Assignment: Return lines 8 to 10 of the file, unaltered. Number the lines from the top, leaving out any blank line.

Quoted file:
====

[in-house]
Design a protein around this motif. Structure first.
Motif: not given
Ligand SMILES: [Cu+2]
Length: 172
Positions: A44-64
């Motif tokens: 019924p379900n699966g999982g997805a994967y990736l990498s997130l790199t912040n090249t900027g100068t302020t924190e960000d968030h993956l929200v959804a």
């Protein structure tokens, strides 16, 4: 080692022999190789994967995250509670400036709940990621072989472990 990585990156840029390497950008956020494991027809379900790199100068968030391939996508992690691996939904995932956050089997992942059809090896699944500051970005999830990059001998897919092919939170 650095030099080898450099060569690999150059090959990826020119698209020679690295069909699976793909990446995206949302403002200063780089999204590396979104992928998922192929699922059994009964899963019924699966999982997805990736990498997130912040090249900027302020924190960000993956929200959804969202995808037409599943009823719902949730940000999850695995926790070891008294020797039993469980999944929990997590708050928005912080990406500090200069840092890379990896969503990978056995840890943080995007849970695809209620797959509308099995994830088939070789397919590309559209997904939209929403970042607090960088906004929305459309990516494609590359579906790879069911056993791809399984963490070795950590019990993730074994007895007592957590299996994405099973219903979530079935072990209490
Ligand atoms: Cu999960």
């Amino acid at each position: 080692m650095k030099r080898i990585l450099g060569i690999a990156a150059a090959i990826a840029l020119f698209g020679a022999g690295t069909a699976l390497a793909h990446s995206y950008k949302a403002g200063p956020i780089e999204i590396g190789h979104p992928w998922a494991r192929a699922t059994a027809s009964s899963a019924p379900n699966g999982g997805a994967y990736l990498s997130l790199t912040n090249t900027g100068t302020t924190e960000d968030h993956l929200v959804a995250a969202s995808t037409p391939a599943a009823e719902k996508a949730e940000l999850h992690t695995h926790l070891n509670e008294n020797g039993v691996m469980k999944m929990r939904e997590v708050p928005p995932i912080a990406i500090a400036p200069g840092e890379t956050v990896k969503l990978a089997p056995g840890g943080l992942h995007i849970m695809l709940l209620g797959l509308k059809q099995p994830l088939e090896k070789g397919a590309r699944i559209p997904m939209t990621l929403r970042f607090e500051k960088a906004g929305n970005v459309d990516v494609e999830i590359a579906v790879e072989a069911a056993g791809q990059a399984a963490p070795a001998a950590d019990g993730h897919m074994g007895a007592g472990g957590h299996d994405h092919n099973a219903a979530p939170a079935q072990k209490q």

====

């Protein structure tokens, strides 16, 4: 080692022999190789994967995250509670400036709940990621072989472990 990585990156840029390497950008956020494991027809379900790199100068968030391939996508992690691996939904995932956050089997992942059809090896699944500051970005999830990059001998897919092919939170 650095030099080898450099060569690999150059090959990826020119698209020679690295069909699976793909990446995206949302403002200063780089999204590396979104992928998922192929699922059994009964899963019924699966999982997805990736990498997130912040090249900027302020924190960000993956929200959804969202995808037409599943009823719902949730940000999850695995926790070891008294020797039993469980999944929990997590708050928005912080990406500090200069840092890379990896969503990978056995840890943080995007849970695809209620797959509308099995994830088939070789397919590309559209997904939209929403970042607090960088906004929305459309990516494609590359579906790879069911056993791809399984963490070795950590019990993730074994007895007592957590299996994405099973219903979530079935072990209490
Ligand atoms: Cu999960």
């Amino acid at each position: 080692m650095k030099r080898i990585l450099g060569i690999a990156a150059a090959i990826a840029l020119f698209g020679a022999g690295t069909a699976l390497a793909h990446s995206y950008k949302a403002g200063p956020i780089e999204i590396g190789h979104p992928w998922a494991r192929a699922t059994a027809s009964s899963a019924p379900n699966g999982g997805a994967y990736l990498s997130l790199t912040n090249t900027g100068t302020t924190e960000d968030h993956l929200v959804a995250a969202s995808t037409p391939a599943a009823e719902k996508a949730e940000l999850h992690t695995h926790l070891n509670e008294n020797g039993v691996m469980k999944m929990r939904e997590v708050p928005p995932i912080a990406i500090a400036p200069g840092e890379t956050v990896k969503l990978a089997p056995g840890g943080l992942h995007i849970m695809l709940l209620g797959l509308k059809q099995p994830l088939e090896k070789g397919a590309r699944i559209p997904m939209t990621l929403r970042f607090e500051k960088a906004g929305n970005v459309d990516v494609e999830i590359a579906v790879e072989a069911a056993g791809q990059a399984a963490p070795a001998a950590d019990g993730h897919m074994g007895a007592g472990g957590h299996d994405h092919n099973a219903a979530p939170a079935q072990k209490q």